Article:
Elvis is in the house and Ali is in the ring. Two of America's most well-known icons — “the King of Rock ’n’ Roll” and “the Greatest” — meet at the James A. Michener Art Museum (PA) beginning this Saturday and running through May 15. They will be spotlighted in “Ali and Elvis: American Icons,” featuring two photography exhibitions: the Smithsonian’s “Elvis at 21” and art2art’s “Muhammad Ali: The Making of an Icon.”
With “Elvis at 21” freelance photojournalist Alfred Wertheimer was hired by RCA Victor in 1956 to shoot promotional images of recently signed 21-year-old recording artist Elvis Presley. Wertheimer’s instincts were to “tag along” with the artist after the assignment and the resulting images provide us with a look at Elvis before he exploded onto the scene and became one of the most exciting performers of his time.
“Elvis at 21” was developed collaboratively by the Smithsonian Institution Traveling Exhibition Service, the Smithsonian’s National Portrait Gallery and the Govinda Gallery.
Wertheimer had unparalleled access and documented Elvis on the road, backstage, in concert, in the recording studio and at home in Memphis, Tenn. “Colonel” Tom Parker, Elvis’ manager, restricted contact just a short time later.
“Muhammad Ali: The Making of an Icon” chronicles the life and times of the now-iconic figure who was simultaneously the most beloved and most reviled man in boxing and who still engenders a strong emotional response from people almost 50 years after his initial rise to public prominence.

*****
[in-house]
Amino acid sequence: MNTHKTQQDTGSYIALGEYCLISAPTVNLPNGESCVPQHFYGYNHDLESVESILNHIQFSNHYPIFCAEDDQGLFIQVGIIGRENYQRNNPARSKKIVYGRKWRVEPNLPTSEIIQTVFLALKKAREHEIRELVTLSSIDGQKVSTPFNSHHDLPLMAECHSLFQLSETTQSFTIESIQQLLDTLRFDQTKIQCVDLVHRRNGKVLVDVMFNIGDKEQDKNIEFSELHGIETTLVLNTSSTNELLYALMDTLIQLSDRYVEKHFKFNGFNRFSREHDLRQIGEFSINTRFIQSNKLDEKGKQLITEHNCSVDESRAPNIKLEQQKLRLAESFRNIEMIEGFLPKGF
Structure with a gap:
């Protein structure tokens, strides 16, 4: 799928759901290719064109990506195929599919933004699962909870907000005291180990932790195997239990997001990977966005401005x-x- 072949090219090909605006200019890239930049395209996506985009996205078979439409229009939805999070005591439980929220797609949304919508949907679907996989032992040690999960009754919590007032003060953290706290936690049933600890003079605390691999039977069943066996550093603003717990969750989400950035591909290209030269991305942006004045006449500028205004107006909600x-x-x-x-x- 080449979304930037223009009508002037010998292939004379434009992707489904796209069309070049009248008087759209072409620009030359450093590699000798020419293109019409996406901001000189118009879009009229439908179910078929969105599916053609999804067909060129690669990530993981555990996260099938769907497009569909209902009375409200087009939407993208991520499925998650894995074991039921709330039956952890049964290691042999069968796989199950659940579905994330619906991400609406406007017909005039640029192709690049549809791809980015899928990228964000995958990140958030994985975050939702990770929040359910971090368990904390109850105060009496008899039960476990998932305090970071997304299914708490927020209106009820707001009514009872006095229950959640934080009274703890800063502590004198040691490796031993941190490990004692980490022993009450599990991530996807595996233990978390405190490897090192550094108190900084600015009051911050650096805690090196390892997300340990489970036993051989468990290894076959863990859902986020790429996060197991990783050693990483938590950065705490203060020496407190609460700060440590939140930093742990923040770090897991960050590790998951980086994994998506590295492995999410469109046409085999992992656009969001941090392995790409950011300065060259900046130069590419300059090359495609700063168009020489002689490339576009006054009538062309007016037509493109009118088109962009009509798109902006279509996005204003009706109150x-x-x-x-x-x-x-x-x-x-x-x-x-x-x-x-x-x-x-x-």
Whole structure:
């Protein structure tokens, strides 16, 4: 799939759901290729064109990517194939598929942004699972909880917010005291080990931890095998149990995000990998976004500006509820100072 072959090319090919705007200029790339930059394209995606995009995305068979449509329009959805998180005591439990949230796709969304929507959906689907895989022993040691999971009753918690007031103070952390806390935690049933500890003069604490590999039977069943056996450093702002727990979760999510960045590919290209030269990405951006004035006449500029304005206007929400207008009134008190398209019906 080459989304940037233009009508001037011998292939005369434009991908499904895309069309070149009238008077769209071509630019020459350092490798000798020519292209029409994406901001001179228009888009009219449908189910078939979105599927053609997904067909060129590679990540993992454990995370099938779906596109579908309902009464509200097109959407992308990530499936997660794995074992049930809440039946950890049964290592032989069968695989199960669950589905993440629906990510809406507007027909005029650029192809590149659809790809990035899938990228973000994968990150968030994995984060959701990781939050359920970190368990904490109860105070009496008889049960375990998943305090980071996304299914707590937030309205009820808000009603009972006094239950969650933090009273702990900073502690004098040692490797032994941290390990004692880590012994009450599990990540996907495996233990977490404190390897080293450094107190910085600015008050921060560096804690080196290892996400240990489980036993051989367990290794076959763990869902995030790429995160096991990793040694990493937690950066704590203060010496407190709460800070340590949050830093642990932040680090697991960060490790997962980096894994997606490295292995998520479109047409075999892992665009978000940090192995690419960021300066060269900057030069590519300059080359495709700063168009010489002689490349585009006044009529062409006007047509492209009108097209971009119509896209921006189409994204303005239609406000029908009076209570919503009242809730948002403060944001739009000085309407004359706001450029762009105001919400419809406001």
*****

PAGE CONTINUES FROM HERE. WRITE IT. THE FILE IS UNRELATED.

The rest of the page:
The exhibit, organized by art2art, provides a glimpse of rarely seen moments of his personal life as well as more famous episodes from his career. These images not only illustrate the enormous changes that he went through — from a patriotic Olympic champion to a draft-resisting member of the Nation of Islam to a figure of racial reconciliation — but also show that Ali’s gregarious, funny and likable personality remained intact even as a super-charged political atmosphere swirled around him.
Ali’s story is one of an American hero who has come full circle in the hearts and minds of people throughout the world, and features more than 50 photographs by such distinguished photographers as Annie Leibovitz, Gordon Parks and Art Shay that capture Ali’s positive public image.
IF YOU GO: The James A. Michener Art Museum is located at 138 S. Pine St., Doylestown. Museum hours: Tuesday through Friday, 10 a.m.-4:30 p.m.; Saturday, 10 a.m.-5 p.m.; Sunday, noon-5 p.m. Admission is adults $12.50; seniors $11.50; college students with valid ID $9.50; ages 6-18 $6; under 6 free. For information, visit www.michenerartmuseum.org or call 215-340-9800. Address: James A. Michener Art Museum, 138 S. Pine St. Doylestown, PA 18901.